“Dick Tracy” was disappointing relative to expectations in 1990, but that only means we can now declare it an underrated cult classic. This ambitious adaptation of the 1930s-era hard-boiled detective comic strip had a budget of nearly $50 million and was packed with massive movie stars like Warren Beatty, Madonna, and Al Pacino — all to bring to the surreal world of the titular yellow duster-clad flatfoot to life.
James Caan has a somewhat minor role in this massive ensemble full of legends in cartoonish prosthetics. He plays Spaldoni, one of the many warring gangsters inhabiting the hyper-colored art-deco underworld. Tracy wants to bust Pacino’s gangland head honcho, Big Boy, and to do that he gets entangled with Madonna’s stylish take on a femme fatale.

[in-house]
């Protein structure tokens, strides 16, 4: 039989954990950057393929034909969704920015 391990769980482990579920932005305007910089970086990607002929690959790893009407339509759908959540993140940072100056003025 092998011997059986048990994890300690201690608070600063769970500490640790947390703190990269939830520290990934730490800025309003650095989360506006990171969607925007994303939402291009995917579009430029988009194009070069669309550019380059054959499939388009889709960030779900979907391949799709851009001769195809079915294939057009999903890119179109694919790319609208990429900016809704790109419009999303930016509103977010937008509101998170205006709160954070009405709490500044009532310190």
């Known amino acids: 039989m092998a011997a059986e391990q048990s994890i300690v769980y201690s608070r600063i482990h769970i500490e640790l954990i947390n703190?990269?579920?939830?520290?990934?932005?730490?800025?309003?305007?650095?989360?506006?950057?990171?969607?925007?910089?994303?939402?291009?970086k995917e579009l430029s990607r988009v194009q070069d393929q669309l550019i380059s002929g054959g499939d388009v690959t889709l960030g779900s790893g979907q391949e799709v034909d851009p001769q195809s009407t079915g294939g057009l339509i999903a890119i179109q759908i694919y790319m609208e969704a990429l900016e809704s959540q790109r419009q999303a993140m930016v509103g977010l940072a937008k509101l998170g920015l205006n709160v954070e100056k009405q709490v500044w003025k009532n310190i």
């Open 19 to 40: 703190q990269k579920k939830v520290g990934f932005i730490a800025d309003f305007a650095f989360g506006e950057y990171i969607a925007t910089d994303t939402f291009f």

In retrospect, the great thing about “Dick Tracy” is that its bold aesthetic now feels like a template for modern graphic novel adaptations like “Sin City” or even “The Watchmen.” Alongside Tim Burton’s fanciful “Batman” in 1989, these were the first two films to rest go for that over-the-top comic book noir aesthetic. All the “Dick Tracy” sets are practical, and the whole movie is awash in only four colors borrowed from Chester Gould’s comic strip that was originally printed exclusively in red, green, purple, and yellow, to save money at the presses.